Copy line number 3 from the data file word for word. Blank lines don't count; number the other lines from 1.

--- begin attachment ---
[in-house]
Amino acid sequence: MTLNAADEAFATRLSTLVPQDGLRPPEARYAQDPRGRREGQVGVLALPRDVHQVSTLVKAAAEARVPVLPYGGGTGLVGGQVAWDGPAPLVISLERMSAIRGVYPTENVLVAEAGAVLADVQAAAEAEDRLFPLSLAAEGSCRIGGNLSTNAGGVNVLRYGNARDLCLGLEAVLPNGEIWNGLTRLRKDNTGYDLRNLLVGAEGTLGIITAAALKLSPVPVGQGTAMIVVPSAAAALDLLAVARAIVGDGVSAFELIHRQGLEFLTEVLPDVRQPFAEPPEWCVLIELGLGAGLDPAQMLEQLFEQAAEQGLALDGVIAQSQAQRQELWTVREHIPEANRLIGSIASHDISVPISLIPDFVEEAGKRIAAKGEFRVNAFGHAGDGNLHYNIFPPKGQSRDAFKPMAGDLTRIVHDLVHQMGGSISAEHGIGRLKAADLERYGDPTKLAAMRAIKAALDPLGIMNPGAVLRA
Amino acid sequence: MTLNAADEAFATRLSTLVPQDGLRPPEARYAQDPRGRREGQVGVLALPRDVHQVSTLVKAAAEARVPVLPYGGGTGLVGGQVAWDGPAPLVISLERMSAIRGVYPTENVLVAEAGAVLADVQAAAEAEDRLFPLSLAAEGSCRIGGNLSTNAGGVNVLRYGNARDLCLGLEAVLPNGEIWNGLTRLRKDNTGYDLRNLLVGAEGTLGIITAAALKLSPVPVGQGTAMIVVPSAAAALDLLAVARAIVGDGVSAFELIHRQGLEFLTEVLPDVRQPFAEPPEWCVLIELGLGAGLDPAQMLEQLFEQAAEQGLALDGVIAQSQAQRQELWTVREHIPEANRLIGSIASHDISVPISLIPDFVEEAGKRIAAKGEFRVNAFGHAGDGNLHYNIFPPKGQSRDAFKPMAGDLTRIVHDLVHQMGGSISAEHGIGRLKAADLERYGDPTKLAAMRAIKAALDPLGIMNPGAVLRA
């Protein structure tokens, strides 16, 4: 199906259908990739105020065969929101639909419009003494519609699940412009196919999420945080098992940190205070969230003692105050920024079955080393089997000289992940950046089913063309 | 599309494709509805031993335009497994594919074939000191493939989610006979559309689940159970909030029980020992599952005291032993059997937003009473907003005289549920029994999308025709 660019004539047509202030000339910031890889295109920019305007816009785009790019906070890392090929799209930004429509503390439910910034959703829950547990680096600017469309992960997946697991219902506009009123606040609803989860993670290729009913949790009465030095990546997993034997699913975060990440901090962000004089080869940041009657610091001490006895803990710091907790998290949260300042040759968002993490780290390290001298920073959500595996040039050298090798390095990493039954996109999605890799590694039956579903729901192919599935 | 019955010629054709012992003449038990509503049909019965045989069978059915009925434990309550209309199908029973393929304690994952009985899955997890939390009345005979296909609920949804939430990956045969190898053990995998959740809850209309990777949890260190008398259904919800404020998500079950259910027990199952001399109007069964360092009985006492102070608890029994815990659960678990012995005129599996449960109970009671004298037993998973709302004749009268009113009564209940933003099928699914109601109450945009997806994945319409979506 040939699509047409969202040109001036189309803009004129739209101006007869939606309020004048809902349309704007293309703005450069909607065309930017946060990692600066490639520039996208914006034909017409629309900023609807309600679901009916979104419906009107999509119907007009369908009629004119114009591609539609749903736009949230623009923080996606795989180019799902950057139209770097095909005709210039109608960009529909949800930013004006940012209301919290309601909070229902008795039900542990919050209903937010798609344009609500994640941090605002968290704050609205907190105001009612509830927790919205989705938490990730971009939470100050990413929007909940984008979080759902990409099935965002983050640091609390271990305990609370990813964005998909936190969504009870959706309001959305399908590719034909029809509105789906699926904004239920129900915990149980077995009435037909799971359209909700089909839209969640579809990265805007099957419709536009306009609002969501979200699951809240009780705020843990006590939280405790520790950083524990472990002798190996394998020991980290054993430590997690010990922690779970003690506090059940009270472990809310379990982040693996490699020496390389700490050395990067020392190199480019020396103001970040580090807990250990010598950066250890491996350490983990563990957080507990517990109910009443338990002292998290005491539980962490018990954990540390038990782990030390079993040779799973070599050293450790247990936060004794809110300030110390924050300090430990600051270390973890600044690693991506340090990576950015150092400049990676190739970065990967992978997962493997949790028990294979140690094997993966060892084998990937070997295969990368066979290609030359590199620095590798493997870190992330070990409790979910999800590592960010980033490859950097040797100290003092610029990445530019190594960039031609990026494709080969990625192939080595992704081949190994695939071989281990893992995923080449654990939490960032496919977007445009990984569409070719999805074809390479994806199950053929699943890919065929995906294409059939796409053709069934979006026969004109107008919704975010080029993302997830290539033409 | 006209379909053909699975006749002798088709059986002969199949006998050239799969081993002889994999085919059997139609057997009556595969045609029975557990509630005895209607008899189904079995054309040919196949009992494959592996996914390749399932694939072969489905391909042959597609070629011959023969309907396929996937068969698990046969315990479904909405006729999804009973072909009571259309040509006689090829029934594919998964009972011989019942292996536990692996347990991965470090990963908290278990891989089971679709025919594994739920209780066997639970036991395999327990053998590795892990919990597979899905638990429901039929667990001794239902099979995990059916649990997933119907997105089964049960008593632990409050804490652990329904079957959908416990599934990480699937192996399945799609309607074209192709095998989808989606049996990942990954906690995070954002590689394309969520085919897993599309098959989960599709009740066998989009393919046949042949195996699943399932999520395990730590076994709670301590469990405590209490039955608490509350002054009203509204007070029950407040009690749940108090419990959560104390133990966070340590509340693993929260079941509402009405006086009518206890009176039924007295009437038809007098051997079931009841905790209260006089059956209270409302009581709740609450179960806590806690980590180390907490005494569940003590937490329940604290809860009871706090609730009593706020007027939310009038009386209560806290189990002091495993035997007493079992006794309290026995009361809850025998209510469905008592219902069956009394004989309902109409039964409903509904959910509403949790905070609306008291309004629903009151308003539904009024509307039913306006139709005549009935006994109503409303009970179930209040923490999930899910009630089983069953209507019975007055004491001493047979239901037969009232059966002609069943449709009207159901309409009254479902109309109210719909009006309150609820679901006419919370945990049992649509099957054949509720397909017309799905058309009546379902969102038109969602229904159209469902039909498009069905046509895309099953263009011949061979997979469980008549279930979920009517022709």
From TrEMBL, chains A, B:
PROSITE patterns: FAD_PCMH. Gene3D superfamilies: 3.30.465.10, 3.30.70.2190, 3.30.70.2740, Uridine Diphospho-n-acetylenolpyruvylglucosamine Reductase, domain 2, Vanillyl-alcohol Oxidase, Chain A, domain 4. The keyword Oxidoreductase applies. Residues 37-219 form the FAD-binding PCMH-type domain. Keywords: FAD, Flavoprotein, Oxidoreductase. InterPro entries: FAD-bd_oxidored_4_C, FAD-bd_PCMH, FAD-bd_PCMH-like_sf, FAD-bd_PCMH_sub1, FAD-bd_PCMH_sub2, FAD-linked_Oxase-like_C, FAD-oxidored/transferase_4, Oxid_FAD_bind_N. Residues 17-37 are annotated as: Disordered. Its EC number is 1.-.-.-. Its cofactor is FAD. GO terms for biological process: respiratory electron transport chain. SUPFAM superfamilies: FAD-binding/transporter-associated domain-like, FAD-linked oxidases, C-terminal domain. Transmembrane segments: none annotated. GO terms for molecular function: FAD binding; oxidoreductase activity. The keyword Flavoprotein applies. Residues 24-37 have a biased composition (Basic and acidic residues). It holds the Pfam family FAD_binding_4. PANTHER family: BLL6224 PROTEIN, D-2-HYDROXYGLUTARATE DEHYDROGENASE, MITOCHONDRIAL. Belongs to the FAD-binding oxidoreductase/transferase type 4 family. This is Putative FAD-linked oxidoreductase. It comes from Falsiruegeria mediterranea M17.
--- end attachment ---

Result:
Amino acid sequence: MTLNAADEAFATRLSTLVPQDGLRPPEARYAQDPRGRREGQVGVLALPRDVHQVSTLVKAAAEARVPVLPYGGGTGLVGGQVAWDGPAPLVISLERMSAIRGVYPTENVLVAEAGAVLADVQAAAEAEDRLFPLSLAAEGSCRIGGNLSTNAGGVNVLRYGNARDLCLGLEAVLPNGEIWNGLTRLRKDNTGYDLRNLLVGAEGTLGIITAAALKLSPVPVGQGTAMIVVPSAAAALDLLAVARAIVGDGVSAFELIHRQGLEFLTEVLPDVRQPFAEPPEWCVLIELGLGAGLDPAQMLEQLFEQAAEQGLALDGVIAQSQAQRQELWTVREHIPEANRLIGSIASHDISVPISLIPDFVEEAGKRIAAKGEFRVNAFGHAGDGNLHYNIFPPKGQSRDAFKPMAGDLTRIVHDLVHQMGGSISAEHGIGRLKAADLERYGDPTKLAAMRAIKAALDPLGIMNPGAVLRA